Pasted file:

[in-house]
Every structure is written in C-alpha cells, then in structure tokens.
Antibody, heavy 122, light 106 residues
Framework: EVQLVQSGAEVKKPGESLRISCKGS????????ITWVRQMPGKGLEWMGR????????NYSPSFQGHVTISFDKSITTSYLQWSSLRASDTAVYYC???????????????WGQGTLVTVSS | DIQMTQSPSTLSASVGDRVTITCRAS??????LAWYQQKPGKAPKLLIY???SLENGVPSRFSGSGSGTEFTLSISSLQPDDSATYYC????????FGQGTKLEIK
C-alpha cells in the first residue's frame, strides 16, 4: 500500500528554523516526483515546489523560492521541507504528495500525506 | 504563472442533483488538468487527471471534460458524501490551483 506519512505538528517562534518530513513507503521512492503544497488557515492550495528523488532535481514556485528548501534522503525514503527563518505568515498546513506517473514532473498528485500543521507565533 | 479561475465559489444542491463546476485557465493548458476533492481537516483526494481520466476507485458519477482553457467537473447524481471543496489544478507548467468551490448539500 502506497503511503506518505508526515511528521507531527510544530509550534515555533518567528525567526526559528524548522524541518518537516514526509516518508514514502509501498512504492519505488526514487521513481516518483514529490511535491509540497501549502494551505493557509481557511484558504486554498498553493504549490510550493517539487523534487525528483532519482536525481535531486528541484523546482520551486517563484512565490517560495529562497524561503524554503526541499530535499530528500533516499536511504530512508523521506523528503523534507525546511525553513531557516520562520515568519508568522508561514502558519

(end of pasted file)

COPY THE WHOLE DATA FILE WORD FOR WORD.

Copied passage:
[in-house]
Every structure is written in C-alpha cells, then in structure tokens.
Antibody, heavy 122, light 106 residues
Framework: EVQLVQSGAEVKKPGESLRISCKGS????????ITWVRQMPGKGLEWMGR????????NYSPSFQGHVTISFDKSITTSYLQWSSLRASDTAVYYC???????????????WGQGTLVTVSS | DIQMTQSPSTLSASVGDRVTITCRAS??????LAWYQQKPGKAPKLLIY???SLENGVPSRFSGSGSGTEFTLSISSLQPDDSATYYC????????FGQGTKLEIK
C-alpha cells in the first residue's frame, strides 16, 4: 500500500528554523516526483515546489523560492521541507504528495500525506 | 504563472442533483488538468487527471471534460458524501490551483 506519512505538528517562534518530513513507503521512492503544497488557515492550495528523488532535481514556485528548501534522503525514503527563518505568515498546513506517473514532473498528485500543521507565533 | 479561475465559489444542491463546476485557465493548458476533492481537516483526494481520466476507485458519477482553457467537473447524481471543496489544478507548467468551490448539500 502506497503511503506518505508526515511528521507531527510544530509550534515555533518567528525567526526559528524548522524541518518537516514526509516518508514514502509501498512504492519505488526514487521513481516518483514529490511535491509540497501549502494551505493557509481557511484558504486554498498553493504549490510550493517539487523534487525528483532519482536525481535531486528541484523546482520551486517563484512565490517560495529562497524561503524554503526541499530535499530528500533516499536511504530512508523521506523528503523534507525546511525553513531557516520562520515568519508568522508561514502558519